8 Reasons Your Dog May Be Coughing

The most common causes of coughing in a dog include kennel cough, chronic bronchitis and collapsing trachea.

By: brndnsh
Coughing in a dog is sometimes tricky to diagnose. By: brndnsh

Mr. Businessman is standing in front of me, trying to wretch. His dog sits quietly at his feet, looking up in adoration at his businessman making strangulating coughing and gagging sounds.

“You see, it’s kind of like this, Doc.”

The man gulps and extends his head and neck toward me. He attempts a half-belch, half-cough and half-vomit, all at the same time. For a moment, I am afraid he will either bring up his lunch in my face or blow himself up.

My clients at the veterinary clinic try to reproduce their dog’s cough all the time. That’s because kennel cough, the most common reason an otherwise healthy dog begins to cough, is something between a cough and a gag and an ungodly sound coming from deep in the dog’s innermost sanctum.

Most coughs are caused by irritations in the respiratory tract itself. An irritant or infection bothers the airways, triggering a cough.

Coughing in a dog can be tricky to diagnose. Your history of the cough (and imitation) helps your veterinarian significantly. The dog’s age, breed, lifestyle and the veterinary physical exam round out the early rule-out list.

Don’t Miss: HomeoPet is a natural, fast-acting solution for persistent coughing (affiliate link)

Possible Causes of Coughing in a Dog

1. Kennel cough

Kennel cough (really a bad name for infectious tracheobronchitisis contagious and can run through a boarding facility like wildfire — but many dogs show up with “kennel cough” who have never been outside their own home or immediate neighborhood.

Many people think their dog has something caught in its throat when the dog actually has a severely irritated throat from kennel cough. Dogs with something stuck in their airway are, quite frankly, in dire distress. Kennel cough dogs, on the other hand, have an annoying, possibly distressing cough, but not a life-threatening condition.

Kennel cough improves with time and medications if indicated. These dogs should be kept away from other dogs if you don’t want to anger your family members and neighbors.

2. Chronic bronchitis

This condition can be a bit more difficult to diagnose.

Chronic bronchitis dogs may be mistaken for kennel cough dogs at the outset, but chronic bronchitis does not improve with time and medications usually dispensed for kennel cough. Kennel cough usually improves in 1–3 weeks with or without antibiotics and cough suppressants. Chronic bronchitis dogs continue to cough.

Chronic bronchitis is thought to be immune-mediated or allergic in nature. Just like people suffering from asthma and allergies who need to use carefully prescribed corticosteroids, we do the same with dogs. In order to suppress the intense inflammation in the airways, and thus relieve the coughing, steroids such as prednisone may be needed.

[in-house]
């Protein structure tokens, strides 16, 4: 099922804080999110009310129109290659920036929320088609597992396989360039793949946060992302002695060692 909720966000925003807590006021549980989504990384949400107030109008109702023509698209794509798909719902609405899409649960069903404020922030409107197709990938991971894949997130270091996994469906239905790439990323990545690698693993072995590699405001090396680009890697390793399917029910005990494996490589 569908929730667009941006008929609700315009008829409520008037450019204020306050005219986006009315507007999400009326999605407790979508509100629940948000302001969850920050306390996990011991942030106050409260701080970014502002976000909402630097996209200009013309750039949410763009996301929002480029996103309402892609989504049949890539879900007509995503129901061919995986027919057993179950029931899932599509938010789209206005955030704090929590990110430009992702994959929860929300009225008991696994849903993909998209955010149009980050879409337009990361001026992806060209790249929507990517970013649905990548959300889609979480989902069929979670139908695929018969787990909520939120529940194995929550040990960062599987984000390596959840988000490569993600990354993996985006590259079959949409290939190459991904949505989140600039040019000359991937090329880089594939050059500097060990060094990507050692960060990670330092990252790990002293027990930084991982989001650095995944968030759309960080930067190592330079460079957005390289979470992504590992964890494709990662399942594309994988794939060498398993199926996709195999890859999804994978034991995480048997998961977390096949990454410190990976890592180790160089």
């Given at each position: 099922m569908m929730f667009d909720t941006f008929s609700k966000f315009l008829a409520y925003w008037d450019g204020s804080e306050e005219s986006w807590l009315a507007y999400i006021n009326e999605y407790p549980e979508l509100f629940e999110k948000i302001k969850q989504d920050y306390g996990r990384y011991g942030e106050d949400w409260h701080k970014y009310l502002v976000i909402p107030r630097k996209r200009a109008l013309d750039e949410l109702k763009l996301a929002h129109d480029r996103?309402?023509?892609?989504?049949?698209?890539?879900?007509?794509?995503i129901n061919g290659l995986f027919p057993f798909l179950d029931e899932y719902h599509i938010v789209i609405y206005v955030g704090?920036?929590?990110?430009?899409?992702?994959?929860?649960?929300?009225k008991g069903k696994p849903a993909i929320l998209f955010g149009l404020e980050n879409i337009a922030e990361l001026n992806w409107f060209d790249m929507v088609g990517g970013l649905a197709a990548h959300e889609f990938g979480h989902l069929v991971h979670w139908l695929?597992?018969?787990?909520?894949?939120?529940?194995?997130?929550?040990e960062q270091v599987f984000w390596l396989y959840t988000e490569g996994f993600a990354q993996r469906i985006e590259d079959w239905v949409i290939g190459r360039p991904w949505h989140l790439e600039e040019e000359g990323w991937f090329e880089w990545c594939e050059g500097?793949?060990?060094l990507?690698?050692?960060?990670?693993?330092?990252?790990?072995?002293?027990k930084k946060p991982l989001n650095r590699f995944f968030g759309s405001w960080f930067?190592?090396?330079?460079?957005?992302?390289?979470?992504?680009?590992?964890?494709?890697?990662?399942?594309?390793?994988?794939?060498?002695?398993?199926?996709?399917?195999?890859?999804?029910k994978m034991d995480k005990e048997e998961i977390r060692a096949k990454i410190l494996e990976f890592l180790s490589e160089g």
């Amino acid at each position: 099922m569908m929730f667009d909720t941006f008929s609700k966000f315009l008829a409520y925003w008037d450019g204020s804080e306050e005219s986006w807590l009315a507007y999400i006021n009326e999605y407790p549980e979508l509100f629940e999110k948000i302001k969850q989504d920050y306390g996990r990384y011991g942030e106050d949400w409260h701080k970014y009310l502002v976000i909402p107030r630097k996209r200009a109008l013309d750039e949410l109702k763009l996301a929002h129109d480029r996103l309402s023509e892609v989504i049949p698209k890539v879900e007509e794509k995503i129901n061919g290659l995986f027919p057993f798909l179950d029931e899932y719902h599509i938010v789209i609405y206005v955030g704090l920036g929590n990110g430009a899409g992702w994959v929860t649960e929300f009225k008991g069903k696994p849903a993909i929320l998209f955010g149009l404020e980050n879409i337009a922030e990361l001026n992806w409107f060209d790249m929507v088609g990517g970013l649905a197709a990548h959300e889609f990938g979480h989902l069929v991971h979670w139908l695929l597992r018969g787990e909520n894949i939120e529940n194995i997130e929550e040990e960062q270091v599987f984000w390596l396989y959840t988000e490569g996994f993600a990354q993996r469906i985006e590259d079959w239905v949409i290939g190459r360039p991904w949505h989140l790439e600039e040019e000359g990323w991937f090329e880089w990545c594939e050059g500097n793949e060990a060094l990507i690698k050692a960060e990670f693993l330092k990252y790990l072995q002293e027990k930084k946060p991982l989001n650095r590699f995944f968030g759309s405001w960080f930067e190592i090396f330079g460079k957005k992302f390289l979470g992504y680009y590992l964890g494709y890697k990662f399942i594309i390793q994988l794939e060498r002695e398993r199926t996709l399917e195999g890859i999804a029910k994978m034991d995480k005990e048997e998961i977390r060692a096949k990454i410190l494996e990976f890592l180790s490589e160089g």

Inhalers, bronchodilators, doxycycline, cough suppressants, and cutting down on smoke and aerosols may also be part of the treatment plan.

3. Collapsing trachea

The trachea is the windpipe that brings air from the nose to the lungs. If the trachea is weak or collapses as air is brought into the body, the dog exhibits a dry, hacking cough.

Although any dog can exhibit collapsing trachea, this is most common in small breed dogs such as poodles, chihuahuas and pomeranians. A collapsing trachea is worsened by heat, exercise and obesity.

Dogs mildly affected by tracheal collapse exhibit an intermittent dry cough. If the collapsing trachea is extreme, the dog can sadly have a lot of difficulty breathing. The aim of treatment is control, not cure.

In this video, Dr. Greg Martinez, DVM, discusses more about collapsed trachea treatment:

4. Heart-related

A cough can be present in chronic heart failure because of the development of pulmonary edema.

By the time they develop a cough related to heart failure, these dogs are usually showing some shortness of breath or labored breathing — in other words, having quite a hard time because of a failing heart.

Heart medications and diuretics help lessen the cough and support the heart, but the prognosis is guarded.

A word about diagnosing the above conditions: Many patients, particularly our smaller fluff-butts, can have more than one of these cough-producing conditions. It would not be unusual to have a little poodle with a heart murmur, some chronic bronchitis and a collapsing trachea.

5. Pneumonia

These dogs are sick. True pneumonia is uncommon. Older dogs, sick puppies or immunocompromised canines are most susceptible. These cases require aggressive care, usually hospitalization and IV antibiotics.

6. Cancer

Dogs with cancer in the lungs have varying degrees of cough depending on the type and extent of disease. Most of these cancers are metastatic, meaning there is cancer somewhere else in the body that has metastasized to the lungs. Lung cancer of any sort carries a poor prognosis.

7. Fungal pneumonia

Fungal infections are found in specific geographic areas of the country. These coughs are serious and require aggressive treatment.

8. Heartworm disease

If a dog is coughing from heartworm disease, it means the dog is already in heart failure from the damage done by the heartworms. Certainly, history helps a lot here. Prognosis is guarded even with treatment, but treatment should be attempted.

Take-home advice: Don’t let a cough go on too long before getting it checked out by a veterinarian. The majority of dogs can be helped. As any of us know who have had a cough ourselves, the longer you cough without relief, the worse it can get.

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This pet health content was written by a veterinarian, Dr. Debora Lichtenberg, VMD. It was last reviewed Sept. 10, 2014.

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